What about darkness, the second of Donne's "things that are not"? I remember one winter night in Leipzig, in the time of the late German Democratic Republic. Coming out of a Beethoven concert by the Gewandhaus orchestra, I turned a corner and found myself in sudden, starless pitch-darkness, the kind which makes you hold out your hands and feel with your feet in case you fall over something. It was just lack of street lights, not even a power cut. But I suddenly realised how little darkness there remained in Western cities or countrysides. Once I was accustomed to darkness, the substance one normally encountered between lamps. Today, the youngest children I know are not so much frightened of full darkness as baffled by it. What is this stuff?

There is no darkness in a wired-up world. There the lights are on 24 hours a day, all-round illumination. But how about Donne's third "not" - death?

Virilio is pretty obscure about this. He is supposed to have said: "One day the day will come when the day will not come". In this book, he quotes a poem:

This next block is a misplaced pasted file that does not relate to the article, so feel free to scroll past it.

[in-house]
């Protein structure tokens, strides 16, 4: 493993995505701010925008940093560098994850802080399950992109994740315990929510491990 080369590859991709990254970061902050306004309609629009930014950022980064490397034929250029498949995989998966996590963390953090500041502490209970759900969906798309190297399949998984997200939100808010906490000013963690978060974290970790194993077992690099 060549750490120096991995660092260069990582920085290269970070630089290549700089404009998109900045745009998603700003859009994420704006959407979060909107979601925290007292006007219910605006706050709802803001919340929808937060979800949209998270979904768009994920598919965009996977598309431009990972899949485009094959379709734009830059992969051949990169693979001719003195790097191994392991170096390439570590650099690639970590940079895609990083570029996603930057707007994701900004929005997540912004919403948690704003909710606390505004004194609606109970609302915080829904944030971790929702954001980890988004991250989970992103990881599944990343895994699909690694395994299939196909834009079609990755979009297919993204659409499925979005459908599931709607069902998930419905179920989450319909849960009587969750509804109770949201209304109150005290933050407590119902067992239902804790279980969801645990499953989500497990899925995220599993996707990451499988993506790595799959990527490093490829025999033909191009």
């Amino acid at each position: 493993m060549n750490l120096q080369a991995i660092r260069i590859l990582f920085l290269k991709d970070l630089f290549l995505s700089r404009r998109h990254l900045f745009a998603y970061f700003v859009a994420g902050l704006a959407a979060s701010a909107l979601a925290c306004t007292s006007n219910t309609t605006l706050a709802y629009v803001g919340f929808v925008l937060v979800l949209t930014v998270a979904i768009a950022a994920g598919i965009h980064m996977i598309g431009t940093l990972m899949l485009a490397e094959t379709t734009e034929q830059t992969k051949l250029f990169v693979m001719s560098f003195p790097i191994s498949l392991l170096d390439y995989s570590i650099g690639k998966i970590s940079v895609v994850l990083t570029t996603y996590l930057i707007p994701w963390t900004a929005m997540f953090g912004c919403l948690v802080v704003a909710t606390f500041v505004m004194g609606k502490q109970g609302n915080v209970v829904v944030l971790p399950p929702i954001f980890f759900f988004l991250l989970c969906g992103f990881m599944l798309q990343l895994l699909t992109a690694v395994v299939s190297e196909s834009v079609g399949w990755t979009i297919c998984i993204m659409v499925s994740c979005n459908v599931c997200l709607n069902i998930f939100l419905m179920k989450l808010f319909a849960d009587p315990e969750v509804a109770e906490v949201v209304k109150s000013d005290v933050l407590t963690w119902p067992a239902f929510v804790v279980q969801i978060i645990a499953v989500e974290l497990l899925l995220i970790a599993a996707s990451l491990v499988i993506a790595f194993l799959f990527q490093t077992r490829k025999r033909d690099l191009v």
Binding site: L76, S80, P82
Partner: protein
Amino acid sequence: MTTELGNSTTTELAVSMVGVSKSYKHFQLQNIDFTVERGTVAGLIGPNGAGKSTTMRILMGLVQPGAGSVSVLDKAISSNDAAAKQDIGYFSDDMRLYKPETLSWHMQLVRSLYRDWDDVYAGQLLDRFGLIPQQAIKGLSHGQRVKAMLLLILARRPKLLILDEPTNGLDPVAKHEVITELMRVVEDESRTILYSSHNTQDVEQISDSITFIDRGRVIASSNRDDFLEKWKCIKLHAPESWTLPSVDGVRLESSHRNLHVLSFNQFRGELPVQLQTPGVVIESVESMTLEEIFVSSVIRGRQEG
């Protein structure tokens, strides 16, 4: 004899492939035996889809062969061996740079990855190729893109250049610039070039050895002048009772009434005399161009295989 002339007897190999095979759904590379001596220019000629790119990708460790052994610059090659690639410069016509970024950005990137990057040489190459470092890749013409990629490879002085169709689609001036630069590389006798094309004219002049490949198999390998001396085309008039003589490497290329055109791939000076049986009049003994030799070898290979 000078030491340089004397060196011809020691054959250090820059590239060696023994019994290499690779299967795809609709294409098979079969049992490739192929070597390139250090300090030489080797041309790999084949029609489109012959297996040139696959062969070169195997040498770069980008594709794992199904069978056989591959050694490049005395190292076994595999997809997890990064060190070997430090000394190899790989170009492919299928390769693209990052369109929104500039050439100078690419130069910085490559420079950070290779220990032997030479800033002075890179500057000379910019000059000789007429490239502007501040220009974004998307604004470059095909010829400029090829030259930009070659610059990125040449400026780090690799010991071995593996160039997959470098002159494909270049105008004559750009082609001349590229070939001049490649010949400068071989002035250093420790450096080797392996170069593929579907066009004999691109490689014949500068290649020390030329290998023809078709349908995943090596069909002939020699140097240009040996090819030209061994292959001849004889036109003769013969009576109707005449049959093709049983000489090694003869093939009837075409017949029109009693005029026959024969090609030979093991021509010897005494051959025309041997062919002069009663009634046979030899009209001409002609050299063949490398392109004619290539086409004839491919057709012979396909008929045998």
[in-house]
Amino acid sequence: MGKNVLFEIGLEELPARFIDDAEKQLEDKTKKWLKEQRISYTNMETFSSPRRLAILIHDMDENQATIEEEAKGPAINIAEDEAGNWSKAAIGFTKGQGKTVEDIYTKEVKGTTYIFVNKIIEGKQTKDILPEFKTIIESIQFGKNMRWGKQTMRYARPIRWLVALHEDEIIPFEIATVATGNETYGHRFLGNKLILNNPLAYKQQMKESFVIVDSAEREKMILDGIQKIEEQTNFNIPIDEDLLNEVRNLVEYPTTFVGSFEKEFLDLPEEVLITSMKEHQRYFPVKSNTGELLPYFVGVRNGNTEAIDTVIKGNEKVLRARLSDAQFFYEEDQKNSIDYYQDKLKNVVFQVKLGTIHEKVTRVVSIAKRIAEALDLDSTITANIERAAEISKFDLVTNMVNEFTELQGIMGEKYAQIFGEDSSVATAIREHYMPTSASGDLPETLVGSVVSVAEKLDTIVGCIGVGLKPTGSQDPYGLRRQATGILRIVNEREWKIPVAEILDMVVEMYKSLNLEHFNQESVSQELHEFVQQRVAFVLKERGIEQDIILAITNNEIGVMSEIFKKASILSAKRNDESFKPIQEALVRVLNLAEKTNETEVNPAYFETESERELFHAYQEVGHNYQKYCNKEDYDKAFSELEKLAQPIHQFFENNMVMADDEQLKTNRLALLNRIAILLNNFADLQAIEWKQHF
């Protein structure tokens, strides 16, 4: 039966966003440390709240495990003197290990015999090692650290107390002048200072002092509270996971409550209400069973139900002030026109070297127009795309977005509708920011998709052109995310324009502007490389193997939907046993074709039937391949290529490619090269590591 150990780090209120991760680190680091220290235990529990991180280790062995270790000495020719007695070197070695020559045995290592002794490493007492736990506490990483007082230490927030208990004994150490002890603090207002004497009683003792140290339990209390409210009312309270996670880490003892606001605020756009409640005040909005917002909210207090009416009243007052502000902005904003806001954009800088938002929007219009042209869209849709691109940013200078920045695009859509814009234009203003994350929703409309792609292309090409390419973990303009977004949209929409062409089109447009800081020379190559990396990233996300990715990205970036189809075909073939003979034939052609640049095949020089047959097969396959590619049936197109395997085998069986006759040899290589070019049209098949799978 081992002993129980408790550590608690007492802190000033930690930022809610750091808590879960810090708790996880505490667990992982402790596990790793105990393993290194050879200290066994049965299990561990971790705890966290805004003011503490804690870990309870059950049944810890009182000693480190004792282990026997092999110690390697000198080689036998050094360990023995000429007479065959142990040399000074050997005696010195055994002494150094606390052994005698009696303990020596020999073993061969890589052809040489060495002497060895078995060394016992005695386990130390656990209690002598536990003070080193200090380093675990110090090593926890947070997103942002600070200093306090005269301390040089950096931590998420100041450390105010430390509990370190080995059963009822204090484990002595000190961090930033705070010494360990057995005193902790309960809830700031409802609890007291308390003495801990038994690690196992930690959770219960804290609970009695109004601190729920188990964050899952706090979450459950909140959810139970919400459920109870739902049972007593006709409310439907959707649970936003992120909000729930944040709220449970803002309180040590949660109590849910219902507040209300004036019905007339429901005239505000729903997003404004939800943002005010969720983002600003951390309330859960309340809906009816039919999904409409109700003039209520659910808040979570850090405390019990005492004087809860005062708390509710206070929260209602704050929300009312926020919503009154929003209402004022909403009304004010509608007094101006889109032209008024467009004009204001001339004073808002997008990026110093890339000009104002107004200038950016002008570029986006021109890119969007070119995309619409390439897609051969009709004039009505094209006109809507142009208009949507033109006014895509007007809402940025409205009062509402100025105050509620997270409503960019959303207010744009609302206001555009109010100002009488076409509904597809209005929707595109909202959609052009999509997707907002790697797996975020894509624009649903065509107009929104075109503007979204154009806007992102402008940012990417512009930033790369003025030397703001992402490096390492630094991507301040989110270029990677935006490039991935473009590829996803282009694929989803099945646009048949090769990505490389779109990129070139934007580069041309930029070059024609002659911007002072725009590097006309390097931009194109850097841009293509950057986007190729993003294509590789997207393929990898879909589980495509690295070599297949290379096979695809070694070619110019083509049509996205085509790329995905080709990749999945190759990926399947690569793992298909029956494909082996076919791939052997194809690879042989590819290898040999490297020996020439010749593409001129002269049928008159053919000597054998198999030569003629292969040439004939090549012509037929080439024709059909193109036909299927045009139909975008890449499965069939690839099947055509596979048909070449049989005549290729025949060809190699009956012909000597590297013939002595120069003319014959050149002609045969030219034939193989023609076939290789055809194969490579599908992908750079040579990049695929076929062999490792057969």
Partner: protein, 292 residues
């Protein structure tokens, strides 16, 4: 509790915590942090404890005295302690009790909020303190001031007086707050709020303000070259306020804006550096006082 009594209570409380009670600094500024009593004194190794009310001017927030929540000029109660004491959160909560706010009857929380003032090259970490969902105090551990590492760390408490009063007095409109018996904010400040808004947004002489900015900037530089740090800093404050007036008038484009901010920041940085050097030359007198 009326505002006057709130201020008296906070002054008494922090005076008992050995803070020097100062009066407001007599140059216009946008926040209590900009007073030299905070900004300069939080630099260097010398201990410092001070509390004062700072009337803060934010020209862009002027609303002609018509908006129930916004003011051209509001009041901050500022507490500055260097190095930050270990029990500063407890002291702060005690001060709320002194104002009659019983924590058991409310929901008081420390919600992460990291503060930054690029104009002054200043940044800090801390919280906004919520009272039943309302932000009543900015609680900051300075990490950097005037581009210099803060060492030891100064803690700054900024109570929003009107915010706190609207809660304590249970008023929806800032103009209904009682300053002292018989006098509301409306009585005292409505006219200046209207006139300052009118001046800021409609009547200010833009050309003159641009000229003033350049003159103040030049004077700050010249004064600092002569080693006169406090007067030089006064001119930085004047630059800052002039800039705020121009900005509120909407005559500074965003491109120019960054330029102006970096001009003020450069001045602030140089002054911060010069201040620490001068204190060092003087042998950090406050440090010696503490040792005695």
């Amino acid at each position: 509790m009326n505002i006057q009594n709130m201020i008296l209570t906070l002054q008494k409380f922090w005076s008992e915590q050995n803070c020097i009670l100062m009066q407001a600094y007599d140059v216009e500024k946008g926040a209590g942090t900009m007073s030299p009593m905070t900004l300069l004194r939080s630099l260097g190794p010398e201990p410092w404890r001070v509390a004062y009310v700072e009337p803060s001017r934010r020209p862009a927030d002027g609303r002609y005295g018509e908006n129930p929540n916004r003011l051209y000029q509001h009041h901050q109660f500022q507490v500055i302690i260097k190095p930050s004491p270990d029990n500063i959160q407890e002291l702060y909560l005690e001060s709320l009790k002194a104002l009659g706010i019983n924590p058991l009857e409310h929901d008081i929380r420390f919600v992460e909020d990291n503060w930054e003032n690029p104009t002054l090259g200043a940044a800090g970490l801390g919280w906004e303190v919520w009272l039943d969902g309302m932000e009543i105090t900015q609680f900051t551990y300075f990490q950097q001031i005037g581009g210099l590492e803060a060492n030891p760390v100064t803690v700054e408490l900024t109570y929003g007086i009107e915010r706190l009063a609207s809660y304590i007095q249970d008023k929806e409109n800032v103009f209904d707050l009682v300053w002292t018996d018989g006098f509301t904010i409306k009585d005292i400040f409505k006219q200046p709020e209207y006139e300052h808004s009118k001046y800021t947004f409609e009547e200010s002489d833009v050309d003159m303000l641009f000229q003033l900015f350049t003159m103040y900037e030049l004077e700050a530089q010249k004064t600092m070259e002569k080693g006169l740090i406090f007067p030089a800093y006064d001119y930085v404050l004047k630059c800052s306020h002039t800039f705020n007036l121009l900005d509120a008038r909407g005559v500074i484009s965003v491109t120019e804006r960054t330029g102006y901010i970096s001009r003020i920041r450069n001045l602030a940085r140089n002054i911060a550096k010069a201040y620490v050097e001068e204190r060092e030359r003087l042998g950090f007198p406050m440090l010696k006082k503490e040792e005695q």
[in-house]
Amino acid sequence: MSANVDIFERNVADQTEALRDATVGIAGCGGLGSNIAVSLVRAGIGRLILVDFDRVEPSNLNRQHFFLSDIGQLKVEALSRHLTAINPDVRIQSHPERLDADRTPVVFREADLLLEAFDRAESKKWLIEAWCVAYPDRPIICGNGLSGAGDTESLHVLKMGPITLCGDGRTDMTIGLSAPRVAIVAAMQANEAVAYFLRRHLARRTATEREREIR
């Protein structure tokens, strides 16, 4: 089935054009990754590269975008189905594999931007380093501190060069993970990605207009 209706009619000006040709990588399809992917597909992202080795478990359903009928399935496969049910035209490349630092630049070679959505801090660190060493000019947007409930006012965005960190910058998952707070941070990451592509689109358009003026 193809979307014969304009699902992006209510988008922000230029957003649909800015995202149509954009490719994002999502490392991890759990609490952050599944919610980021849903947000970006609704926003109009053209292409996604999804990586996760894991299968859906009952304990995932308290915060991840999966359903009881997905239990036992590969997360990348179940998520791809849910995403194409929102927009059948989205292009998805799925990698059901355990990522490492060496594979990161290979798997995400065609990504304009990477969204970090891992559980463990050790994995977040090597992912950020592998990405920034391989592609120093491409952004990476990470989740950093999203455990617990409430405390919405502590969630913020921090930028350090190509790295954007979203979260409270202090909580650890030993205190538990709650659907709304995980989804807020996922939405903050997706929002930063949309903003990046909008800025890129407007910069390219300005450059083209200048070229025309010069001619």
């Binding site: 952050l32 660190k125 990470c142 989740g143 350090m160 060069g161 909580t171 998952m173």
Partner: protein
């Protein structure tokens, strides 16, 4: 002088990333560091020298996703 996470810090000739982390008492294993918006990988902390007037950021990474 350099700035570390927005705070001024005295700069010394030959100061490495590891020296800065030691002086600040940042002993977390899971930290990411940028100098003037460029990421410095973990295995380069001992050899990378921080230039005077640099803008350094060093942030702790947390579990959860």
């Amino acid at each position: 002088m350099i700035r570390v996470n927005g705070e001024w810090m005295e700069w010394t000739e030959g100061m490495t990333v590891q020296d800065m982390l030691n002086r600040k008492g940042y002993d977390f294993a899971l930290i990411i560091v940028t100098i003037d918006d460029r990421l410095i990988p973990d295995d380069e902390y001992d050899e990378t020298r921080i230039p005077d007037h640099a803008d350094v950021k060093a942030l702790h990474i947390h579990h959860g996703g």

Going faster is playing with death;

Going even faster is getting off on


I take this to mean that even cybernauts are mortal. It is true that correct use of DataSuits and brain implants would mean that the dead could be made to go on living, simulated with total conviction in the brains of the wired-up undead. But this would mean the end of grief, rather than the end of death. After all, if teledildonics means that nobody gets Aids but nobody gets pregnant either, the species will die out. And Virilio also prophesies a "general accident", ensuing after "the acquisition of speeds known as 'orbital' or 'escape' velocity which ... force us to lose our bearings, to lose touch with the surfaces of matter ..."

So death will remain, at least until there is nobody left to die. That's a sort of relief. But how can we live without absence and darkness? It would be a mistake to take Donne at face value, and think that his three "not"-states are just black negatives. They are positives too. "Absence, darkness, death" are the black settings against which presence, light and life become visible.

A hundred years ago, separated lovers exchanged "Mizpah brooches". The name referred to a verse in Genesis: "Mizpah: The Lord watch between thee and me, when we are absent one from another". It's not those who travel too far, but those who travel so fast that they abolish distance, who end up alone.

'Open Sky' is published in paperback by Verso, priced pounds 10